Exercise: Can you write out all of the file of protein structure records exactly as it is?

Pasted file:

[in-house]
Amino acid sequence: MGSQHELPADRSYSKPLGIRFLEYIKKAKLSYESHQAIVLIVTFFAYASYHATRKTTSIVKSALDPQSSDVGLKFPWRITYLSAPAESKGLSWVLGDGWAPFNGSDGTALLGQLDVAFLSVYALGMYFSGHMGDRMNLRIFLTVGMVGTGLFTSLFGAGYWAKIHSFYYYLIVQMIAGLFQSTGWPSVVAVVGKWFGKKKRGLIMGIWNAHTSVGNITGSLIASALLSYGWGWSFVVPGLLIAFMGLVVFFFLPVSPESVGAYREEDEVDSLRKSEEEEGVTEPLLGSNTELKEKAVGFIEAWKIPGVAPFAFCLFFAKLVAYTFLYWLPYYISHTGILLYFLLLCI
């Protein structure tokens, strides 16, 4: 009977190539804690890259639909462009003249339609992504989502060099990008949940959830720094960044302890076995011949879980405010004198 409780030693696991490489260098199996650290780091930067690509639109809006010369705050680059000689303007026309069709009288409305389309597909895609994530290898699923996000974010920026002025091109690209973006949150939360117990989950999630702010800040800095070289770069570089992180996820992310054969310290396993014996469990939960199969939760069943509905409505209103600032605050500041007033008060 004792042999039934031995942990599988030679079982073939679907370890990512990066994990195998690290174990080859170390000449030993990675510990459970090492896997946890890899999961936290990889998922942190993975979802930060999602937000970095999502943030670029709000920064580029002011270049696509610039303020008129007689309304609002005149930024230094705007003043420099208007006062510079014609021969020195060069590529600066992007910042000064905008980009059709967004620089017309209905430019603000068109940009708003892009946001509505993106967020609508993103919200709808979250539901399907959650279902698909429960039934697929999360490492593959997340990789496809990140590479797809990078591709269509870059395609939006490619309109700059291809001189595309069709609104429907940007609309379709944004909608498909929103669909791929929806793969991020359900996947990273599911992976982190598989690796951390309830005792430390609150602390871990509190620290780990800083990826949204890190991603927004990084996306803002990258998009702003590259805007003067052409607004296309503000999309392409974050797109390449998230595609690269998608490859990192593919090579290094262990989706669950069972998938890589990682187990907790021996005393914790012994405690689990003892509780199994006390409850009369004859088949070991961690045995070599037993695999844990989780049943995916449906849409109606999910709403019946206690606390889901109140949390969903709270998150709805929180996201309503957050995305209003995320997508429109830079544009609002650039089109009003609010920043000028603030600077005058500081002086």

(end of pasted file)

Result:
[in-house]
Amino acid sequence: MGSQHELPADRSYSKPLGIRFLEYIKKAKLSYESHQAIVLIVTFFAYASYHATRKTTSIVKSALDPQSSDVGLKFPWRITYLSAPAESKGLSWVLGDGWAPFNGSDGTALLGQLDVAFLSVYALGMYFSGHMGDRMNLRIFLTVGMVGTGLFTSLFGAGYWAKIHSFYYYLIVQMIAGLFQSTGWPSVVAVVGKWFGKKKRGLIMGIWNAHTSVGNITGSLIASALLSYGWGWSFVVPGLLIAFMGLVVFFFLPVSPESVGAYREEDEVDSLRKSEEEEGVTEPLLGSNTELKEKAVGFIEAWKIPGVAPFAFCLFFAKLVAYTFLYWLPYYISHTGILLYFLLLCI
């Protein structure tokens, strides 16, 4: 009977190539804690890259639909462009003249339609992504989502060099990008949940959830720094960044302890076995011949879980405010004198 409780030693696991490489260098199996650290780091930067690509639109809006010369705050680059000689303007026309069709009288409305389309597909895609994530290898699923996000974010920026002025091109690209973006949150939360117990989950999630702010800040800095070289770069570089992180996820992310054969310290396993014996469990939960199969939760069943509905409505209103600032605050500041007033008060 004792042999039934031995942990599988030679079982073939679907370890990512990066994990195998690290174990080859170390000449030993990675510990459970090492896997946890890899999961936290990889998922942190993975979802930060999602937000970095999502943030670029709000920064580029002011270049696509610039303020008129007689309304609002005149930024230094705007003043420099208007006062510079014609021969020195060069590529600066992007910042000064905008980009059709967004620089017309209905430019603000068109940009708003892009946001509505993106967020609508993103919200709808979250539901399907959650279902698909429960039934697929999360490492593959997340990789496809990140590479797809990078591709269509870059395609939006490619309109700059291809001189595309069709609104429907940007609309379709944004909608498909929103669909791929929806793969991020359900996947990273599911992976982190598989690796951390309830005792430390609150602390871990509190620290780990800083990826949204890190991603927004990084996306803002990258998009702003590259805007003067052409607004296309503000999309392409974050797109390449998230595609690269998608490859990192593919090579290094262990989706669950069972998938890589990682187990907790021996005393914790012994405690689990003892509780199994006390409850009369004859088949070991961690045995070599037993695999844990989780049943995916449906849409109606999910709403019946206690606390889901109140949390969903709270998150709805929180996201309503957050995305209003995320997508429109830079544009609002650039089109009003609010920043000028603030600077005058500081002086």